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Tuesday, July 22, 2014

The Dirt Pile

Saturday, December 8, 2012

On May 3, 1947, Korczak Ziolkowski came to the Black Hills to create a monument of Crazy Horse at the invitation of Chief Henry Standing Bear.

The idea was to create the world's largest mountain carving located in the Black Hills of South Dakota to honor the Dakota warrior, Crazy Horse. Work on this monument still continues today and I know what the workers on this project might think, are we ever going to get this finished?

Since rock is plentiful and dirt is scarce here on the homestead, I added garden space with 2 X 12's for two beds 5 X 10, surrounded by a walkway of Bandara stone. I contacted a good friend about needing the dirt and the same afternoon he drove up close to the beds and deposited a heaping truckload of dirt for garden soil.

The next step was to move the dirt into the garden beds. The dirt man had offered to bring his skid loader to scoop it up and put it in the beds. I declined his generous offer and foolishly said it will give me something to do. One shovel at a time, I found out that it took quite a while to fill 100 square foot of beds, 12 inches deep. In the middle of all of this it rained so it became harder to dig the dirt. Bit by bit, and shovel-by-shovel, I finally filled the garden spots.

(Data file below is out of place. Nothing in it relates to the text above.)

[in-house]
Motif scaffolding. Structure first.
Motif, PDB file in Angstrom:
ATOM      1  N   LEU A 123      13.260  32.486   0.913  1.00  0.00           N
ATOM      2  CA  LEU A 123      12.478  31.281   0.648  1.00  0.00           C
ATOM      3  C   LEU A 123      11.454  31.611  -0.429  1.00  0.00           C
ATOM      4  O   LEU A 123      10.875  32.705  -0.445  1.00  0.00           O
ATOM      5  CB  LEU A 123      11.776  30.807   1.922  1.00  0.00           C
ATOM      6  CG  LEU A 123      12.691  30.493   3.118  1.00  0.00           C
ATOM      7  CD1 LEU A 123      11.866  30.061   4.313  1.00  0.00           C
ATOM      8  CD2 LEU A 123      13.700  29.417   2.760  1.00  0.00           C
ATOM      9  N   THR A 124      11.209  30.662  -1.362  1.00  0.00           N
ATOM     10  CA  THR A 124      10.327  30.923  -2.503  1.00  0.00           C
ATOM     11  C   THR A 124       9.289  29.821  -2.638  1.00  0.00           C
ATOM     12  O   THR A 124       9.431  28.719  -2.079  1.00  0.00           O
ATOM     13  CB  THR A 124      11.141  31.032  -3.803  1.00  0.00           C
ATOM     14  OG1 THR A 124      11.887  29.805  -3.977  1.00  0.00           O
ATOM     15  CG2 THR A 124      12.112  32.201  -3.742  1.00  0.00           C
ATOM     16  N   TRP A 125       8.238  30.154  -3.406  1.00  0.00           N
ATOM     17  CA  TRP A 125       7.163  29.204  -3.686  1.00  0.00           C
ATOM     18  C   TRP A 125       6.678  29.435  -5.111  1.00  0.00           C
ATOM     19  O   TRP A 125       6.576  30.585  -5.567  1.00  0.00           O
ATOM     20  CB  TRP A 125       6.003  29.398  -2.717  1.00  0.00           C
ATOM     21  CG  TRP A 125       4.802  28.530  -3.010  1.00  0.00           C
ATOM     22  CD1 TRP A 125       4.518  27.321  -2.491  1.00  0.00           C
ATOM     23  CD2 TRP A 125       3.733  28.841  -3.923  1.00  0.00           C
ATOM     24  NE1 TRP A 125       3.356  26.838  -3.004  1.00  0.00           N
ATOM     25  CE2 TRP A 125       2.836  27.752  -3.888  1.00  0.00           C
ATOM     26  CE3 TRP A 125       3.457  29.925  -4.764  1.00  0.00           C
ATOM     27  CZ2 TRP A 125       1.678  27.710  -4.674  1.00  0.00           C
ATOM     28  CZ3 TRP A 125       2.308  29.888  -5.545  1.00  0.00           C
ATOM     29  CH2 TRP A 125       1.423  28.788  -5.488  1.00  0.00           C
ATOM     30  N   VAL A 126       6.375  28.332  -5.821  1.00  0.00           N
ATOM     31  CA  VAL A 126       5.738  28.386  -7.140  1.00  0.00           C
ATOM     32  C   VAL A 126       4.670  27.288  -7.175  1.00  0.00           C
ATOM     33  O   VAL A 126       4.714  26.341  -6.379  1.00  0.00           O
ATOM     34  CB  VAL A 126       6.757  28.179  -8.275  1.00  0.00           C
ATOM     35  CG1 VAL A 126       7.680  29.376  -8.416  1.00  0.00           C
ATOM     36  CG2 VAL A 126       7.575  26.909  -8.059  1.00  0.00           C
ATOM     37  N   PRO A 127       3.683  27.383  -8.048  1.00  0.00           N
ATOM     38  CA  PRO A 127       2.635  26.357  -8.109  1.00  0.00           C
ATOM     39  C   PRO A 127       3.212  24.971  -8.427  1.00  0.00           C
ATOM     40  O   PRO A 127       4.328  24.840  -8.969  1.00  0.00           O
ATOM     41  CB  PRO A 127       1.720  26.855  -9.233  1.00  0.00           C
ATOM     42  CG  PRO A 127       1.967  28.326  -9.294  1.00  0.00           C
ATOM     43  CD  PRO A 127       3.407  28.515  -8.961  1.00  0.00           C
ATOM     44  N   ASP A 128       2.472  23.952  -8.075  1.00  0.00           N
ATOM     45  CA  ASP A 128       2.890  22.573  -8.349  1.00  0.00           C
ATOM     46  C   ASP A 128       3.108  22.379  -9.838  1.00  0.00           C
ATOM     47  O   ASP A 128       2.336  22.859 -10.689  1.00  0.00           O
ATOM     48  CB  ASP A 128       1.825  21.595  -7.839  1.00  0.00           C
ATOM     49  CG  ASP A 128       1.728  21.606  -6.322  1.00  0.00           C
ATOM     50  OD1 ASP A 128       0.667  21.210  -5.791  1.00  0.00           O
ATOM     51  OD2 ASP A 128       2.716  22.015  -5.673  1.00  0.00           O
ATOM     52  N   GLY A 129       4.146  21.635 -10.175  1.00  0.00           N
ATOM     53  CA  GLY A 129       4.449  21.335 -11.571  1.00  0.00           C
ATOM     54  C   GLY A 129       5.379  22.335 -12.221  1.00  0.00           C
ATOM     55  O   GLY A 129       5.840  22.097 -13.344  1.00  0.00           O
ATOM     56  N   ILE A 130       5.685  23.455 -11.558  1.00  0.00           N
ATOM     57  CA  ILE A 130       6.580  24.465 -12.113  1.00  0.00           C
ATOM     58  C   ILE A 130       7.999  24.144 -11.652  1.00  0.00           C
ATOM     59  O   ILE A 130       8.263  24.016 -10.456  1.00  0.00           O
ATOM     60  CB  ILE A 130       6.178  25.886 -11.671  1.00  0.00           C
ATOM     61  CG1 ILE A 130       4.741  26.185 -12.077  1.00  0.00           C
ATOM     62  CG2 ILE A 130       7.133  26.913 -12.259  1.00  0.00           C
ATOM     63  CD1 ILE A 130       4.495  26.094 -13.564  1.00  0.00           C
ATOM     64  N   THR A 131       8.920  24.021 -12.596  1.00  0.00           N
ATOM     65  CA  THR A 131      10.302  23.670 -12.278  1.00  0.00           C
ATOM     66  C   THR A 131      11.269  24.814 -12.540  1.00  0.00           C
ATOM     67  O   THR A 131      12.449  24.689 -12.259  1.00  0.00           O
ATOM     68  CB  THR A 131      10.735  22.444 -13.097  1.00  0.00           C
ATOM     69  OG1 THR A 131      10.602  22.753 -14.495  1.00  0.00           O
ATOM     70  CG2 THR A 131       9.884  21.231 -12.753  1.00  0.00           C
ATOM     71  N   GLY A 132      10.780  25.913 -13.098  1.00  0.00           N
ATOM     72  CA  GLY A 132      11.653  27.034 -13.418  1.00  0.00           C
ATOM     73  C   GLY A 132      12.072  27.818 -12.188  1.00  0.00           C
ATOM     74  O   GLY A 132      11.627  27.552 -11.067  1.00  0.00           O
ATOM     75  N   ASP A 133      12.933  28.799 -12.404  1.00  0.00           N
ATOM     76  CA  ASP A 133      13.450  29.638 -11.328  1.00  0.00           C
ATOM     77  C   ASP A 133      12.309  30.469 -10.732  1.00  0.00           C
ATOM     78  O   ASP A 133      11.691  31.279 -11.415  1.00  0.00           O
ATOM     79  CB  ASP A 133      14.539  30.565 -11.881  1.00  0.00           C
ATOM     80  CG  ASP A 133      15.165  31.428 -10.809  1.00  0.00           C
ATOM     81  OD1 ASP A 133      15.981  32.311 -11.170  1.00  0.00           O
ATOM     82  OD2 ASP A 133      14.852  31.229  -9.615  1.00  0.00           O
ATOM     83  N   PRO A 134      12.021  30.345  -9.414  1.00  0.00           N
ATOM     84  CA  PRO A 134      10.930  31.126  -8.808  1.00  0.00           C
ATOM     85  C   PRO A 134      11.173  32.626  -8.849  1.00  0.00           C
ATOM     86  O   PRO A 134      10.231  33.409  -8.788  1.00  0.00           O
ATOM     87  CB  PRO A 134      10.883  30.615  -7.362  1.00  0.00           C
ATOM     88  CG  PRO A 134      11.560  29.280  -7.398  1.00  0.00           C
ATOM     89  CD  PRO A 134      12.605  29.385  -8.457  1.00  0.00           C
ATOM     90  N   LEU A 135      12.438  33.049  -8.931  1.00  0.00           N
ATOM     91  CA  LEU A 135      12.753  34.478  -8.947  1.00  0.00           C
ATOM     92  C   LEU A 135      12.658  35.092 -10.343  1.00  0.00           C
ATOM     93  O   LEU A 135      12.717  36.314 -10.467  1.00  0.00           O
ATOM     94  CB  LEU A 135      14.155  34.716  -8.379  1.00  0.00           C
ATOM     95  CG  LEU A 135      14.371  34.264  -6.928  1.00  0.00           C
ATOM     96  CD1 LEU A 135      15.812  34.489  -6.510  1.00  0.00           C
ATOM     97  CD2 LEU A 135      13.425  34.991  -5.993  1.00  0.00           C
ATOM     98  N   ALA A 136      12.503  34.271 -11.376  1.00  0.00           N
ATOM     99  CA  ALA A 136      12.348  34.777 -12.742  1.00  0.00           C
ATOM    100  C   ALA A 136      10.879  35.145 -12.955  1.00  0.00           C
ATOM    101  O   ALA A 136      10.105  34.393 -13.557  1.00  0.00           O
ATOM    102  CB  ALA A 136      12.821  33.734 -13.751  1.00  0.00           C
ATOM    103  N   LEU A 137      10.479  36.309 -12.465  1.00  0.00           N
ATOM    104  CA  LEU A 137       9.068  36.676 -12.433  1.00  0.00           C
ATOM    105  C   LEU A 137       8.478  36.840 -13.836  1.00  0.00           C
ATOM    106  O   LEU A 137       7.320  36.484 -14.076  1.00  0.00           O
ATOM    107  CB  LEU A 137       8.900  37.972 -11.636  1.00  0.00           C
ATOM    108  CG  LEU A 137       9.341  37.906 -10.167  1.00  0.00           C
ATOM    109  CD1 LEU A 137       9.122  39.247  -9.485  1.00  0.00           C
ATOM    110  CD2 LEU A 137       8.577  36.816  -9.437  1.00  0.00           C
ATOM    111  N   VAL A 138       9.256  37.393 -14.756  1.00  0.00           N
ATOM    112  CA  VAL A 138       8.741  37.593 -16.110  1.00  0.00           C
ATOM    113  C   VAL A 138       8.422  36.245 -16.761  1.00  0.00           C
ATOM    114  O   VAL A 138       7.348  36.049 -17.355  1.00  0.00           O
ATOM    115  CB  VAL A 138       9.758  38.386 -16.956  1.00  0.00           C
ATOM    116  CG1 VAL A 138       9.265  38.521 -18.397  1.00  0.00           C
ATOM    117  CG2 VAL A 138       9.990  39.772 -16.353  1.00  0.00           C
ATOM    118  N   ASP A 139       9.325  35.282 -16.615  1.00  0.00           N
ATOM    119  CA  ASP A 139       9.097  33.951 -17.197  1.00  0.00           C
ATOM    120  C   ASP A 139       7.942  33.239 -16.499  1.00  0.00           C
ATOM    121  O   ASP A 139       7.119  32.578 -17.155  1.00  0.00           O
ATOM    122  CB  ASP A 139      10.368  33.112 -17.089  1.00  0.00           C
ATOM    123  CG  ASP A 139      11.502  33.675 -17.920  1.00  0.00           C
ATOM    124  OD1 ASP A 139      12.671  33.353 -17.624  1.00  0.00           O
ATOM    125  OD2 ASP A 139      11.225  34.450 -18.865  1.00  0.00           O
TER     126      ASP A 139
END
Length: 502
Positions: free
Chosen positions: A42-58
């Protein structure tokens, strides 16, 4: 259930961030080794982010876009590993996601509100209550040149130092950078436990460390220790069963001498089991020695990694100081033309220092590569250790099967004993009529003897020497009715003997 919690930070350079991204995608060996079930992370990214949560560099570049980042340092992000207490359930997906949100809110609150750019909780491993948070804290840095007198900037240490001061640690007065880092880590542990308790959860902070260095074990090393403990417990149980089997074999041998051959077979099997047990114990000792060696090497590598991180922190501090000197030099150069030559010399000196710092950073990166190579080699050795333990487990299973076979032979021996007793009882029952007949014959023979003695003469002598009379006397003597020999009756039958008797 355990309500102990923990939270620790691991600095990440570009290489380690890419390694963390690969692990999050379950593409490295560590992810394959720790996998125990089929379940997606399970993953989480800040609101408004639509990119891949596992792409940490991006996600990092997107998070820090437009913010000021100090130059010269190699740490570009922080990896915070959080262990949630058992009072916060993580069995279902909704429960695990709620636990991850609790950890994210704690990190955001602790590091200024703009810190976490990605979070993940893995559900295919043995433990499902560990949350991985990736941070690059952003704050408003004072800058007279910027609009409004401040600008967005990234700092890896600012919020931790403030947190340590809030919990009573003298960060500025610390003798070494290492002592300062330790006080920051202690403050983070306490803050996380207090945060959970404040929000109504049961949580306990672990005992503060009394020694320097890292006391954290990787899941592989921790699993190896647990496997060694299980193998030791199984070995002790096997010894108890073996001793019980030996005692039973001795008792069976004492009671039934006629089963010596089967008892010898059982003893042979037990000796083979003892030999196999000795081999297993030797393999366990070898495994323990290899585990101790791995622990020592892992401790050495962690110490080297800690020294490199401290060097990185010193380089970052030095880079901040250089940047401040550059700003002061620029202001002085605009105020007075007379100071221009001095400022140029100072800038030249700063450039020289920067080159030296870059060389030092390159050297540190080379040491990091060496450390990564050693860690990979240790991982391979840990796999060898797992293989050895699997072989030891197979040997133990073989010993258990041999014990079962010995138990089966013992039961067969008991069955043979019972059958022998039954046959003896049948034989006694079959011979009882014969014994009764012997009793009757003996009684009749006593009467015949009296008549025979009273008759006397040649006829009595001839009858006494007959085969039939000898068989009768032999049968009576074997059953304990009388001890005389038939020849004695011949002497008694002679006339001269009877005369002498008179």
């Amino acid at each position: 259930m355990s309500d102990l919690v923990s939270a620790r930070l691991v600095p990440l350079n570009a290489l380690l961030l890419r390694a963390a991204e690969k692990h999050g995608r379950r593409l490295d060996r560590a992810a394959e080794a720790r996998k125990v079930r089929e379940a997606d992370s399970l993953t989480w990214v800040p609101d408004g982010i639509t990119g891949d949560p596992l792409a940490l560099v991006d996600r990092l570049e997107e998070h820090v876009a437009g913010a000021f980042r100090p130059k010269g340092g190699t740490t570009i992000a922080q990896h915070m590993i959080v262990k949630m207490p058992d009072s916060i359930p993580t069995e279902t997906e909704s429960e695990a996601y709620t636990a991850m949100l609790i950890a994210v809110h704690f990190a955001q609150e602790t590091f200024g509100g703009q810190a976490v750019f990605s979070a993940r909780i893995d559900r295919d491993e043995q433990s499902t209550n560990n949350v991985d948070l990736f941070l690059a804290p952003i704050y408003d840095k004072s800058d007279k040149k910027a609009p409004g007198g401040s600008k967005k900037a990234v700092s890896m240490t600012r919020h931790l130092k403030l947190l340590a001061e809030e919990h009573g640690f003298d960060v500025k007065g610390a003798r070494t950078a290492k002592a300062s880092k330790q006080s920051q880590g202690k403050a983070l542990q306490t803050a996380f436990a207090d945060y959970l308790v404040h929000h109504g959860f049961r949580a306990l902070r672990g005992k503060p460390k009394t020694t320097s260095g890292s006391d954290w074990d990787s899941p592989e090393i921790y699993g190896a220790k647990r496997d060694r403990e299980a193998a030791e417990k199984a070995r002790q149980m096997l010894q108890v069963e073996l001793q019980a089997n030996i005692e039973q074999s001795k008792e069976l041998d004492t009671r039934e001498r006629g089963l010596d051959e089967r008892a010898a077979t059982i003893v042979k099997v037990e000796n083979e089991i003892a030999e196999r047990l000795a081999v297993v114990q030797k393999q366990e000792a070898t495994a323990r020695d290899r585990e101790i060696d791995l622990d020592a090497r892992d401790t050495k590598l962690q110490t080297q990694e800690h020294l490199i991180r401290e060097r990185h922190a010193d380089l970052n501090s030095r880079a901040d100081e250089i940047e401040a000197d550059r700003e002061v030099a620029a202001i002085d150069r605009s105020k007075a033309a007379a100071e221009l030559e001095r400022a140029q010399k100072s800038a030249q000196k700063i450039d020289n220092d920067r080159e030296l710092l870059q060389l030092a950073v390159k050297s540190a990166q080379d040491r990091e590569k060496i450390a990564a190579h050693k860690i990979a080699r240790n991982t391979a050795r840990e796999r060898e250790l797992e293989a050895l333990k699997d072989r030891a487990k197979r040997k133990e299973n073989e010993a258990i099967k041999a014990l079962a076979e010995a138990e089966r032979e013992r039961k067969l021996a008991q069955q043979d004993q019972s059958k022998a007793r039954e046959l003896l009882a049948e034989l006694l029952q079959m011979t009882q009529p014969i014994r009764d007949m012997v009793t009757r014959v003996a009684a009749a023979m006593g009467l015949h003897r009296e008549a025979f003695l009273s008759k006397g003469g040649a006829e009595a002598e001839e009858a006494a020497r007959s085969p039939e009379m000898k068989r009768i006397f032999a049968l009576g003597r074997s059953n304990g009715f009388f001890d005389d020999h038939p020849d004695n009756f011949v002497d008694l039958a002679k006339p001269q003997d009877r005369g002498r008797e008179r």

The next problem was that the other half of the dump truck load was still piled next to the garden. Bringing the garden tractor and yard cart around, I started scooping the dirt into the cart and spreading it throughout the yard. This was kind of like eating a green vegetable you don't like and being unable to clear your plate.

Finally, another friend volunteered to come over and bring a tractor with a blade and help get rid of the dirt. I was only too happy to accept. My back was beginning to hurt and I cracked the handle on the shovel and the dirt pile was a constant reminder that the project could outlast me.

Thanks to good neighbors the project is finished. Maybe we should drive up to South Dakota and see how the Crazy Horse workers are coming along.

Dick Hedges
Fort Scott Community College